Over The Hills And Far Away
Premium
join:2000-11-14
Spring Hill, FL
kudos:1
Reviews:
·Bright House
·ooma

Understood. It seems you've been able to show that neither device is providing reliable wireless performance.

You may want to do some research and pick out a new router, then bridge the 2WIRE 3801HGV. This will basically turn it into a DSL modem and disable the router/wireless functions. I found this page that explains how to do it:

»www.mwburden.com/misc/bridgemode.html

I do not know the intricacies of the U-Verse service, so you may want to check with the folks in the U-Verse forum. There may be some reasons not to do this...

But, if you are able to bridge, the new router will just go behind it.

Set up the wireless and everything else the way you want and you'll be all set.

FWIW, you may want to look at Asus. I just bought one myself after getting recommendations from several people.
--
So put me on a highway, and show me a sign.
And take it to the limit one more time...


cdheer

join:2004-04-28
Gurnee, IL

You cannot put the U-Verse router in bridge mode; it's simply not an option. The only option is to put the IP address of the cascaded router in DMZ mode. (And the fact that I have the problem when directly connecting to the 2WIRE tells me that the router-behind-router setup isn't related.)

I actually had an ASUS router as the cascaded router originally. When the performance issues started, I got the E3000 as a replacement to rule out the router itself.

I'm going to run to Walmart and pick up a dual-band adapter to test with, but it seems to me that my current configuration SHOULD work. The house is ~2500 sqft, and the router is in a room maybe 10-15 feet from where I'm sitting at the moment.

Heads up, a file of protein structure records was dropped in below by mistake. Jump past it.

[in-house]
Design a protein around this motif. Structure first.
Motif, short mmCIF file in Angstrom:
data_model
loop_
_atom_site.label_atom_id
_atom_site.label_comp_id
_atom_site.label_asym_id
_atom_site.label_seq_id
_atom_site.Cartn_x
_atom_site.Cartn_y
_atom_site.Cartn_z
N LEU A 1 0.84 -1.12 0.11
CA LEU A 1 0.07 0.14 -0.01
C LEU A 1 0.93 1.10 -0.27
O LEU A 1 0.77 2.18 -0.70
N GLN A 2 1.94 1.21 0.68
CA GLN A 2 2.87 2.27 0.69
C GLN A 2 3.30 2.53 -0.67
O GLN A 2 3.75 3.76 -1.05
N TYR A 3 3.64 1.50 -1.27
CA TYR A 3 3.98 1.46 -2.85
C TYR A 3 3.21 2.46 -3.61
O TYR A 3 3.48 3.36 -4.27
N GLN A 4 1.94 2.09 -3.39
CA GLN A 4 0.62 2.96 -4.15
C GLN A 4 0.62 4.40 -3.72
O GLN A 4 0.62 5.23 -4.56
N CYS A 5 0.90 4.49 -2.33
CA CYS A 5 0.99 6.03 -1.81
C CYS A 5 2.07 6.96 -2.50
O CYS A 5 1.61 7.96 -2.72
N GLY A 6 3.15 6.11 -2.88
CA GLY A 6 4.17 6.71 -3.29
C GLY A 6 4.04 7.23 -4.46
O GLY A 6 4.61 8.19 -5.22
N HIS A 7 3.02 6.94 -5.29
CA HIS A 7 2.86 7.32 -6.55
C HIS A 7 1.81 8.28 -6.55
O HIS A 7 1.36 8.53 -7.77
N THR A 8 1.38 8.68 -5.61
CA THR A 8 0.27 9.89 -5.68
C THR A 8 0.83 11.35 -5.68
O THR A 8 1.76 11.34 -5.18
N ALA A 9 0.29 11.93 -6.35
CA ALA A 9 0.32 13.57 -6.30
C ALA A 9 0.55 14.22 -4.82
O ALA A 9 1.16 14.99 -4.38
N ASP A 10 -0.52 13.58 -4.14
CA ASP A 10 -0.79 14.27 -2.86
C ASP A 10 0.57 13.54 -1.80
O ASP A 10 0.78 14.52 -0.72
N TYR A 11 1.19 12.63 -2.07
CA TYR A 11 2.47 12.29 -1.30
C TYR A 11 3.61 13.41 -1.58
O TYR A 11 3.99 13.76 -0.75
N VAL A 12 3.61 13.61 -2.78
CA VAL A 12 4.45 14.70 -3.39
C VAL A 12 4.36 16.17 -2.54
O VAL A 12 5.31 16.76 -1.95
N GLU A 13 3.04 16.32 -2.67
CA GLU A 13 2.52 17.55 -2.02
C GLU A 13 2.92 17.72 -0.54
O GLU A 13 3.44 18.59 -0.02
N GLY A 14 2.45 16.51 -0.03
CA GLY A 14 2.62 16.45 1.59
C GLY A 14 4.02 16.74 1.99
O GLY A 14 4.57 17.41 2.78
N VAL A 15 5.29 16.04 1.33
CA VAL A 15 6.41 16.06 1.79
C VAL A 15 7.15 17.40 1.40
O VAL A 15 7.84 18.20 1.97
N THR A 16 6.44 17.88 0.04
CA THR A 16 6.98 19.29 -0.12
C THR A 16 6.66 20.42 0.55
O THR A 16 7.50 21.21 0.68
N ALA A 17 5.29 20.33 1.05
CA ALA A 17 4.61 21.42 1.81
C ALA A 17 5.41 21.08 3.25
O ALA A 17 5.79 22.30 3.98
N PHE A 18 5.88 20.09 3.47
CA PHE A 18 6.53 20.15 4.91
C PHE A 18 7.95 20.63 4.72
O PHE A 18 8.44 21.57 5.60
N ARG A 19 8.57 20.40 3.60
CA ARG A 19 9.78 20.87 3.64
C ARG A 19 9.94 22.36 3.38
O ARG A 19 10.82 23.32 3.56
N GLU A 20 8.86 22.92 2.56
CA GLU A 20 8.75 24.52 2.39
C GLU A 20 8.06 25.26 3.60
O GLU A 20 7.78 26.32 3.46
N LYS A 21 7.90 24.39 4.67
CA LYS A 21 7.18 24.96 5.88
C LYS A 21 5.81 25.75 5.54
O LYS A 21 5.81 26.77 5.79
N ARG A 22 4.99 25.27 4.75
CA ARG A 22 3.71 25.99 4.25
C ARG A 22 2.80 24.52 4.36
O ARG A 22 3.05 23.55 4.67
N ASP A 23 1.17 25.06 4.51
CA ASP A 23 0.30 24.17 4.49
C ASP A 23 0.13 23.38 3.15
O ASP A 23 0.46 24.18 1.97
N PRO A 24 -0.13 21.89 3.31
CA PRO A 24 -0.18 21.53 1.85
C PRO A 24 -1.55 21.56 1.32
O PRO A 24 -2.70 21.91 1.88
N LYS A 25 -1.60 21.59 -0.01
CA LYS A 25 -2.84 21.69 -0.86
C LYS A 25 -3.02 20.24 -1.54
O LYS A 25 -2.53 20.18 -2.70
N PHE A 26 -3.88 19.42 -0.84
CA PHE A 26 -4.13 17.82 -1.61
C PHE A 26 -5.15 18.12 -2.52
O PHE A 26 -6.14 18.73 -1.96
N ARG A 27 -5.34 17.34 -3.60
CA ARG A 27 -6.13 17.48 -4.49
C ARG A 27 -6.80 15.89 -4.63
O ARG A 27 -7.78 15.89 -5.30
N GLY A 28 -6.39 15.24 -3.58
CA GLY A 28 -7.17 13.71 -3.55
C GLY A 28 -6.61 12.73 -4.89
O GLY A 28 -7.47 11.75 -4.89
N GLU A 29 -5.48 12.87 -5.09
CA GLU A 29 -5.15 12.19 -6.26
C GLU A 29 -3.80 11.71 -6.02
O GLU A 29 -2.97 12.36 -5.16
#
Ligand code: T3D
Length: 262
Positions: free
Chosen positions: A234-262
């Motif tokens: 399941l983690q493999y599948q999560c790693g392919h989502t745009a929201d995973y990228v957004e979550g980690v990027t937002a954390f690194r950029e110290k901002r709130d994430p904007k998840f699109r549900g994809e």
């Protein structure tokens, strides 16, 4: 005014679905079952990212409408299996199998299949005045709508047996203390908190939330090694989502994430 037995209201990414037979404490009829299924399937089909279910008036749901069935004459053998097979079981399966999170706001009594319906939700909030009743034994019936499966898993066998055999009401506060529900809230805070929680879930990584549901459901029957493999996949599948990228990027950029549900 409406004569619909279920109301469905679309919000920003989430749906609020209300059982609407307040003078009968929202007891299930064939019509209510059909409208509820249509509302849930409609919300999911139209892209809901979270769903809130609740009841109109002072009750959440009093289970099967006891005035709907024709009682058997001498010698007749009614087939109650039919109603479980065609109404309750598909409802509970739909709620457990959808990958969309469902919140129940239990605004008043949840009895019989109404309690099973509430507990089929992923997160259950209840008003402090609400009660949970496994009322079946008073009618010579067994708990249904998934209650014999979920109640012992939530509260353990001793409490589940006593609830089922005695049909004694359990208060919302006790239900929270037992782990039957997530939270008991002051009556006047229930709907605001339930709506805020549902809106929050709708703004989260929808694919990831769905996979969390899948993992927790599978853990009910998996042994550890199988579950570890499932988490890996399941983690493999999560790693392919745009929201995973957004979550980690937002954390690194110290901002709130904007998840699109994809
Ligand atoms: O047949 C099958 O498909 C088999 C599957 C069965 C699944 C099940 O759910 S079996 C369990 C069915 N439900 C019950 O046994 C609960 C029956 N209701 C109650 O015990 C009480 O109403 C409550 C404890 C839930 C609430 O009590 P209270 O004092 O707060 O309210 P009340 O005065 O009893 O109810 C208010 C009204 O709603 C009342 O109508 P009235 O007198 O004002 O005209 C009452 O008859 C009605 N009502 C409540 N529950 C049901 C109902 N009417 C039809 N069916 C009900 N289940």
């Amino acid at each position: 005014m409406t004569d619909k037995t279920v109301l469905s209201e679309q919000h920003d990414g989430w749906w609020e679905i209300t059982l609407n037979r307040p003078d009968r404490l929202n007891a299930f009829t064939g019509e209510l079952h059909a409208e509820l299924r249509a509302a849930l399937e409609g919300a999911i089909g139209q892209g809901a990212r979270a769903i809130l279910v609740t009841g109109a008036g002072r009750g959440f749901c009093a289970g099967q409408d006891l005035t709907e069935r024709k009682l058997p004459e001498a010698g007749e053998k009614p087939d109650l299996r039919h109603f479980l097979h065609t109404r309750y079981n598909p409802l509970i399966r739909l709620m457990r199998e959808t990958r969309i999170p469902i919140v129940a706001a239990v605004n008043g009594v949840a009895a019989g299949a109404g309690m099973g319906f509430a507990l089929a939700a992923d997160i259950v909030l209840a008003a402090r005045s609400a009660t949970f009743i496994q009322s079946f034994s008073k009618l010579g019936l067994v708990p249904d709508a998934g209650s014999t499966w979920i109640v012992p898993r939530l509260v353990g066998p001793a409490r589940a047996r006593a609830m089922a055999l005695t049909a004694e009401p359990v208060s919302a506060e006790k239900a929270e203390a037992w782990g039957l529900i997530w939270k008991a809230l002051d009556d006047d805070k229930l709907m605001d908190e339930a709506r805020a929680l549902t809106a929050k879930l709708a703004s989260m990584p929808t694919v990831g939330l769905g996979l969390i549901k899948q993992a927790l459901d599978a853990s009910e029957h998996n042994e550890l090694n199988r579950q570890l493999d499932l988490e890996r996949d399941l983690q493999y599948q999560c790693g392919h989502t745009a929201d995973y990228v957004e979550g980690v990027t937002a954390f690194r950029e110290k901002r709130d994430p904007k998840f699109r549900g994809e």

If it were up to me, I'd say screw it and make everyone go wired, but the WAF of a solution like that is awfully low.


cdheer

join:2004-04-28
Gurnee, IL
reply to cdheer

Update:

I just discovered my employer-provided laptop has 5 GHz support. As a baseline, I ran speedtest.net while connected to the 2WIRE (which is 2.4 GHz only and limited to G), and got terrible results (less than 2 Mbps).

I then fired up a 5 GHz-only network on the E3000 and connected to it, and whammo, blazing speed.

Assuming neither router should be taxed with, say, a dozen wifi connections, that pretty much means it IS some kind of signal interference, doesn't it?

At this point I suppose I need to order some dual-band USB adapters. That won't help the game consoles, but one thing at a time.



John97
Over The Hills And Far Away
Premium
join:2000-11-14
Spring Hill, FL
kudos:1
Reviews:
·Bright House
·ooma
reply to cdheer

Best of luck. I hear you. I'd rather just have everything wired.

I am running a dual-band setup now. My laptops are on the 5 GHZ band. All the smartphones and other stuff are on the 2.4 GHZ band.

My old house was a two-story split-level and it was mostly block construction. It was a nightmare in terms of wireless coverage. I ended up putting ethernet jacks in practically every room.

After all that, I still had to deploy 2 wireless access points in addition to the router because everyone wanted to use wireless.
--
So put me on a highway, and show me a sign.
And take it to the limit one more time...


meowmeow

join:2003-07-26
Helena, MT
reply to cdheer

Spectrum analyzer. Without one everyone is just taking a shot in the dark. Best option is an Ubiquiti NanoStation Loco M2 (for 2.4GHz), it has their AirView mode that works really well for using a $50 AP that has other uses for you.